Kimjang is a longtime kimchi-making tradition taking place in the second half of November, when the temperature is low enough for kimchi to mature well. Korean families get together on the weekend and prepare large quantities of kimchi, enough to last even until next kimjang.
This year I got invited by my friend to go to countryside and take part in the kimjang ritual. I absolutely love experiencing Korean culture, so there was no possibility for me to say no to that!
We departured from Seoul very late on Friday evening, and arrived in Dangjin in South Chungcheong Province short after midnight. My friend warned me that her aunt lives in an old house, but still I was surprised when we were driving through narrow dirt roads with just farms on both sides and no street lights. When we reached our destination, I was sure it’s going to be an amazing weekend. Just like in a movie.
Three hundred of cabbage heads were already salted, waiting for the early morning to be washed and cut. Children were already asleep, so we only grabbed a few slices of ttoek, a few mandarins and headed to a different house since there was not enough space for us to sleep with everyone else.
Next morning we were late. At 9:00am all the cabbage was ready for seasoning. However, the need of us having breakfast delayed the process. Typical breakfast on kimjang weekend is steamed pork (bossam) and different types of kimchi. It was simply delicious!
And then it started… I got an ajumma style clothes to put on what I was wearing, and when I came back to kitchen, I saw a swimming pool-size bowl in the center. Every family has different recipe for kimchi. Ours included sticky rice cooked in a traditional pot fireplace, huge amount of garlic, shrimps and a big bottle of soju. Yes, a big bottle of soju…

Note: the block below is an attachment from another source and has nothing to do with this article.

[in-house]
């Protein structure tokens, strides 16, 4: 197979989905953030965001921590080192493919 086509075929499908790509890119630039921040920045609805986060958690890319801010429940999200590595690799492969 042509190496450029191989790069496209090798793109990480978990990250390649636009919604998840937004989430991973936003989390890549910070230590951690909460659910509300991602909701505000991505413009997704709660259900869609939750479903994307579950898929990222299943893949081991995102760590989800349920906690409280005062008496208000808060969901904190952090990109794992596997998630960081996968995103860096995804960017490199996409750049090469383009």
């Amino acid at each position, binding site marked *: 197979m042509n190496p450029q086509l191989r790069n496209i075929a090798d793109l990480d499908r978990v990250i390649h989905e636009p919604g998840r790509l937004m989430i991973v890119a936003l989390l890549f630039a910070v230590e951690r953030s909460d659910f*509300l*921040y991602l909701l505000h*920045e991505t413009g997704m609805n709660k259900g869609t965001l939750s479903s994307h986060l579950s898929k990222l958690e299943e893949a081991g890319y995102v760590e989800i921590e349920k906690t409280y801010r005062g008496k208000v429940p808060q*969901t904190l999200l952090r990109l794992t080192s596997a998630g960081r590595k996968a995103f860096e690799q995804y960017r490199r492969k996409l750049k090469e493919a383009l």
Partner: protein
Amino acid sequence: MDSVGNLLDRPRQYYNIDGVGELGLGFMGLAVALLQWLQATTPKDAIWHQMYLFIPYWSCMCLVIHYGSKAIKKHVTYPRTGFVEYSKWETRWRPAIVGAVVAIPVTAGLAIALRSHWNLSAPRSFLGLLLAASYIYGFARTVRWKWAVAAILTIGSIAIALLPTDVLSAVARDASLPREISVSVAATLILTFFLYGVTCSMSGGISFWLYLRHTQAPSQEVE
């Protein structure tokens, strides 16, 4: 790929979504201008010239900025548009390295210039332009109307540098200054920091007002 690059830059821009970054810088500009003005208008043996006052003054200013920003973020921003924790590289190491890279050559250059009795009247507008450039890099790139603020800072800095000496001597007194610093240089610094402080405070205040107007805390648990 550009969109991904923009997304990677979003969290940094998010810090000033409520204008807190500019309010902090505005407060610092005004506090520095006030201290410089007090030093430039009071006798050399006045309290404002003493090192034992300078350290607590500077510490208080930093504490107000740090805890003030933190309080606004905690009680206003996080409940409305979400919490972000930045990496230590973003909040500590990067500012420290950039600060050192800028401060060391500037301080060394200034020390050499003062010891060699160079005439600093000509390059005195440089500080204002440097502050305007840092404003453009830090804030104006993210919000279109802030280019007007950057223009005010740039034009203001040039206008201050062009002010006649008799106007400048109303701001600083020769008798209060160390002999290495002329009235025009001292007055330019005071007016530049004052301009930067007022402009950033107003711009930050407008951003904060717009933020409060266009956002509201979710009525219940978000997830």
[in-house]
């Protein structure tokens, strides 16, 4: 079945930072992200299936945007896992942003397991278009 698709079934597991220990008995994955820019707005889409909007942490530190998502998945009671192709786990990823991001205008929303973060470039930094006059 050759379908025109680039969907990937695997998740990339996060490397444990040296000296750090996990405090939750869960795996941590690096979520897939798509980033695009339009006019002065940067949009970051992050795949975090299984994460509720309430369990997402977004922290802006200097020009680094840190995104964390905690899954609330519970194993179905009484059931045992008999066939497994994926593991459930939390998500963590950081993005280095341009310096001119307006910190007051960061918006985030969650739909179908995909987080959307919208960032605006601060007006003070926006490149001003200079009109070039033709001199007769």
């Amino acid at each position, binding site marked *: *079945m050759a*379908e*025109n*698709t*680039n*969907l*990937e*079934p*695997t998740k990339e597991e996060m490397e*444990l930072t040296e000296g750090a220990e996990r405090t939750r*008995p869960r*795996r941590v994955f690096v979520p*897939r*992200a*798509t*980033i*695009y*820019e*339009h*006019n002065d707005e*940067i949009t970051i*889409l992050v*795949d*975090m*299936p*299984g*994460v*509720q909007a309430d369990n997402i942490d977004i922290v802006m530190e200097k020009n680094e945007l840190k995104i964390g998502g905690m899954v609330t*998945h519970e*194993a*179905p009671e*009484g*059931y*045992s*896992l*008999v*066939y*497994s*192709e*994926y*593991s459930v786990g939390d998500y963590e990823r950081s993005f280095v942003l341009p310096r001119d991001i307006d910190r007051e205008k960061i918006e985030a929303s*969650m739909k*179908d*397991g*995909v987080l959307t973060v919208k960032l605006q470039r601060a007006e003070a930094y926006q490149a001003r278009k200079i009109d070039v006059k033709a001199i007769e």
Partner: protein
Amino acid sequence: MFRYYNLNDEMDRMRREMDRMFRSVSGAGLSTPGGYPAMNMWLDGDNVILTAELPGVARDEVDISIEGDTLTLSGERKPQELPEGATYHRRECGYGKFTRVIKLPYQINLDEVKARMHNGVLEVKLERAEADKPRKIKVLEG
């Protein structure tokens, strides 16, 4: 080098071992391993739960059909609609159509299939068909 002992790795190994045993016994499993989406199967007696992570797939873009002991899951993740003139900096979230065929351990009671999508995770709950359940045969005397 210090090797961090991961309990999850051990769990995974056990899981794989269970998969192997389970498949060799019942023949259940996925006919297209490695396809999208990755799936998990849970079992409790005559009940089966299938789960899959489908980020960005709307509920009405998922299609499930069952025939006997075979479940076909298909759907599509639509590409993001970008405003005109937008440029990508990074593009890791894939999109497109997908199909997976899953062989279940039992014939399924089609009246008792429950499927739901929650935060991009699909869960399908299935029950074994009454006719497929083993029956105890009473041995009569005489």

We started mixing the ingredients and less than 10 minutes later we were ready for the real fun to begin. Making kimchi is a bonding experience. A lot of talking, and talking, AND talking. However, for me, as for a special guest, after maybe 2 hours the sightseeing began. We took down some fruits from the trees, checked on cows and dogs, and played with kids. We also visited a local store to buy some makkoli for dinner, and spent some time at the lake. We finished our trip in traditional market, and after having mandu, hotteok and hoppang, went back home to find the kimchi done.
Next morning was nothing else than dividing kimchi and other foods between five families while watching Korean tv shows. A way back to Seoul was much longer because of the traffic. However, it seems like the traffic jam disappeared after – what Koreans called it – a cafeteria.
I consider kimjang not only as a major annual event, but mostly as an incredibly amazing experience. It’s my another step taken to understand Korean culture deeper at its best. If you ever get a chance to join this kind of activity, don’t even hesitate. You will end up being extremely tired but happy. AND nothing tastes better than kimchi made by yourself!